It is this metropolis, stretching across 16 counties in three states, for which we need to plan and act. We must now grapple with the metropolis in new and fresh ways that recognize the new shape of the metropolis since also every public concern crosses municipal and other geographic boundaries. Global needs demand a new “intellectual construct” to enable us to envision and act as a metropolitan whole.
It makes sense to see that we are already, in many ways, functioning as regions within a metropolis, and that to further understand, explore, and support a multi-region or multi-sectored metropolis will lead to a variety of innovations in regard to the complex issues facing our shared urban environment. Seeing the intensity of regions will also enable us to see the intensity of the whole of the metropolis.
As a result of our work in the South Metropolitan Region, with a wide range of organizations and individuals in the RAP/2000+ process, the Regional Leadership Center, and our computer-based regional networking, we see a series of practical steps that can lead to stronger regions within the metropolis. There is before us a long term process, but we believe there are practical models for developing regional coalitions, forms of collaborative action, and regional identities.
This approach toward an inclusive vision of the metropolis coheres with the ideas of urban regionalism advocated across the country. Henry Cisneros has written of “Regionalism: the New Geography for Opportunity.” Anthony Downs, David Rusk, Joel Garreau, and others are seeking to describe and influence the new patterns of metropolitan interconnectedness. Neil Pierce advocates an understanding of American “citistates,” seeking to define our metropolitan areas in ways that are inclusive and seen in the context of global competition.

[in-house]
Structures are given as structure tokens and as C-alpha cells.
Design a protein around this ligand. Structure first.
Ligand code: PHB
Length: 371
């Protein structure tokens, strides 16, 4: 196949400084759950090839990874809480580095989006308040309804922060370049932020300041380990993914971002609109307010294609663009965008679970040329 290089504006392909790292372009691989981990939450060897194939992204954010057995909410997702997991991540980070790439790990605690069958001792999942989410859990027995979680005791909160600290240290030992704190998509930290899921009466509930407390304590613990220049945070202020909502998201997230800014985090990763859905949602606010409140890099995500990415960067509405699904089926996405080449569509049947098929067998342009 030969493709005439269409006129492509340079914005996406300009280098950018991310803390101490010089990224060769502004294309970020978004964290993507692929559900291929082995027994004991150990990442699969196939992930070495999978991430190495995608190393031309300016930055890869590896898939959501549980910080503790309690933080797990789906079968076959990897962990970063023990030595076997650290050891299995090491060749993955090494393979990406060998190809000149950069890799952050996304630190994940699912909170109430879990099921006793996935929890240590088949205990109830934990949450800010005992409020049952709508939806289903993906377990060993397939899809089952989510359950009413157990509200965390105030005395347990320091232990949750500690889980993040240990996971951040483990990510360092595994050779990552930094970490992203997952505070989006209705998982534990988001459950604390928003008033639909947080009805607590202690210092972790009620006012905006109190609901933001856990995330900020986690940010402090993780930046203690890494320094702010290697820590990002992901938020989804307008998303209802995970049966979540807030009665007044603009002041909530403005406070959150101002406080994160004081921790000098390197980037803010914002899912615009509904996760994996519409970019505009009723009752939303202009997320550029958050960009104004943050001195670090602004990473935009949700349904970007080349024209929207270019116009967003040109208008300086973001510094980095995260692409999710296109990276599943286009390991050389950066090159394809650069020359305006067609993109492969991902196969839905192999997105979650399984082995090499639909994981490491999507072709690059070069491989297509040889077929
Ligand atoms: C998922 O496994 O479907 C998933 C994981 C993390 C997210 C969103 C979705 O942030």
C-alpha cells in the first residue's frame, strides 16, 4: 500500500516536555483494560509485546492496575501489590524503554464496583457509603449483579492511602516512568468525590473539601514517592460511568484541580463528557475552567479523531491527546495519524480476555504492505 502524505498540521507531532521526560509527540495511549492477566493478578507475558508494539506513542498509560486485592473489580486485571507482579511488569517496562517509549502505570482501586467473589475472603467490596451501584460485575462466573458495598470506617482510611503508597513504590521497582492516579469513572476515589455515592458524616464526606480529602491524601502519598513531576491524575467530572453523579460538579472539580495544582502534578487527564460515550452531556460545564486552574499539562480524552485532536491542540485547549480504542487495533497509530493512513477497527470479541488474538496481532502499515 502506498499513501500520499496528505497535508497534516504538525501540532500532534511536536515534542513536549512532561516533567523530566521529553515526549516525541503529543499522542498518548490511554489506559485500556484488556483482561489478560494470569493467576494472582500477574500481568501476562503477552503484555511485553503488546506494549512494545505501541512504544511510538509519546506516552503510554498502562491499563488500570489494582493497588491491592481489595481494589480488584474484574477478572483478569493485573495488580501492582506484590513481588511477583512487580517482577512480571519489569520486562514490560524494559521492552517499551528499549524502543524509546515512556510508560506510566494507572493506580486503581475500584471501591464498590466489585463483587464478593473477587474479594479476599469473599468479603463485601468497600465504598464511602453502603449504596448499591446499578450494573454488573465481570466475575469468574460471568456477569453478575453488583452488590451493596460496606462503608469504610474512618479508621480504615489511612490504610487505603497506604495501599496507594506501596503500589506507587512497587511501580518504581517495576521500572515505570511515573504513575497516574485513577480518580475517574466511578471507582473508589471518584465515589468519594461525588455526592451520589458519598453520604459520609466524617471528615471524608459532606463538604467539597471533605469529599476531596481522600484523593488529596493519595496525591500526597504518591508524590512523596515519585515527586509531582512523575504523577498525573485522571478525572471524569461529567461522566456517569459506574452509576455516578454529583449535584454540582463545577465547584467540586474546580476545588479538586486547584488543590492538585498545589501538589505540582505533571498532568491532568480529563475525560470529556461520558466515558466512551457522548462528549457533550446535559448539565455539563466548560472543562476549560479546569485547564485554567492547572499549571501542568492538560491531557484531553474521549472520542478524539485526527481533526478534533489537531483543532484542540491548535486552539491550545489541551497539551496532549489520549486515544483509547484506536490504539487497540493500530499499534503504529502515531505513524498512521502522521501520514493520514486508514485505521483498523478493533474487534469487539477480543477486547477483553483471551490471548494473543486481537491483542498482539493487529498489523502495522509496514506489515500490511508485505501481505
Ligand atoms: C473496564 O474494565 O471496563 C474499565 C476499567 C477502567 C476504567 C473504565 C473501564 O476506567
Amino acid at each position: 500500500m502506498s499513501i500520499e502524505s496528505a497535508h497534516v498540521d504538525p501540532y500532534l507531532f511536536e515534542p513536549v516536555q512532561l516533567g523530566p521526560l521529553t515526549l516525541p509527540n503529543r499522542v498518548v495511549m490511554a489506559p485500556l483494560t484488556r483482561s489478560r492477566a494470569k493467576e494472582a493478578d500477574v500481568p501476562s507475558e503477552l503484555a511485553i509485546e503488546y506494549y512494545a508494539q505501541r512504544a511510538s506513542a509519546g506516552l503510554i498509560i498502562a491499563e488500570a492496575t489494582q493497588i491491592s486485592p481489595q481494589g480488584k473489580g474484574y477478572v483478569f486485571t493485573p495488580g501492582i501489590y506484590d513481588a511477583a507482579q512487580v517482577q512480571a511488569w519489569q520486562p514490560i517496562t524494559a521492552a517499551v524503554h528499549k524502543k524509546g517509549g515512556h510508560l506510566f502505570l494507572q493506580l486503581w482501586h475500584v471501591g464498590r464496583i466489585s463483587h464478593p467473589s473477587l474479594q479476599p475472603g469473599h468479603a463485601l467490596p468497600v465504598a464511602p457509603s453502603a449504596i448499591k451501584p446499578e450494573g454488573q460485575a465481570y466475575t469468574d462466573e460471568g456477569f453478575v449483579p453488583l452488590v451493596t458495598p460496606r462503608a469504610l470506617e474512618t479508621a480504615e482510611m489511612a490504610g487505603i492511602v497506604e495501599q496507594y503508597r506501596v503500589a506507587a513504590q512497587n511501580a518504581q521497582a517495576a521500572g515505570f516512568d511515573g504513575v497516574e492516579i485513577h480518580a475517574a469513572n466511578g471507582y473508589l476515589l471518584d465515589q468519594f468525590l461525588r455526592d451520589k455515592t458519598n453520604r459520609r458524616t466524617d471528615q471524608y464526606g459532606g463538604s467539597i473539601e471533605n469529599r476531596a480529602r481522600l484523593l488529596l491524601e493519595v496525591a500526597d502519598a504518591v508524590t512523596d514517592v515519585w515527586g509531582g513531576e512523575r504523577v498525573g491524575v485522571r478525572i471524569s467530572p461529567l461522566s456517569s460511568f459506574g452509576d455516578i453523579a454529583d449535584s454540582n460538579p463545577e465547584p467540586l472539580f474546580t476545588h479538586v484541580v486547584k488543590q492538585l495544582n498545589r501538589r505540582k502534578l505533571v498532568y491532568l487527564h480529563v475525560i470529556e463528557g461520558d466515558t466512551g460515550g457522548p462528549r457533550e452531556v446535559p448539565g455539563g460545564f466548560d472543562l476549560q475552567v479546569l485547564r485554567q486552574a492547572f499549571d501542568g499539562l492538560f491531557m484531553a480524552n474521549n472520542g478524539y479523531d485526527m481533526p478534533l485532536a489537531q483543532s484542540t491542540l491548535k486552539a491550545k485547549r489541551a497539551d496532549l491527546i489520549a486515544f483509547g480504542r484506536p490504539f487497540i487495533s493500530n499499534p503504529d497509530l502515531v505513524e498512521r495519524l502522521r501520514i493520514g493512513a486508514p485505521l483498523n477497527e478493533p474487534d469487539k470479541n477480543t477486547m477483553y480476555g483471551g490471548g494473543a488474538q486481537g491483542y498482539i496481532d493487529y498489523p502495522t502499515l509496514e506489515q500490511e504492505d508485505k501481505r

In terms of our direct practical experience in the south metropolitan region with the evolution of the LincolnNet as a regional information and communications network, it is exciting for us to see discussions in the Spring-Summer, 1996, issue of the National Civic Review, in which Pierce and others are looking seriously at the role for information technologies in shaping and defining metropolitan areas and their regions.
To continue the dialogue and to consider the possibilities for significant action and a sustainable future across the complex metropolitan area that includes the City of Chicago, we believe that there are several essential elements that need to be clarified for further research and policy development. The metropolis should be seen as growing within 16 counties across three states and it should be defined as multi-sectored with six identifiable regions. There are now and there can be a great variety of cooperative networks, alliances, and coalitions for action within these six regions. Now and for the future, the metropolis and its regions can be well served by the new information technologies and we can see ourselves collectively as an economically competitive global city.
A fundamental dilemma emerges every time discussion focuses on the “problems” and needs of Chicago and its metro area. Almost invariably, the focus is on “Chicago versus the suburbs,” Chicago (or Cook County) and the collar counties,” or “northeastern Illinois.” None of these is an adequate or totally helpful description of the actual urban environment within which we live and work.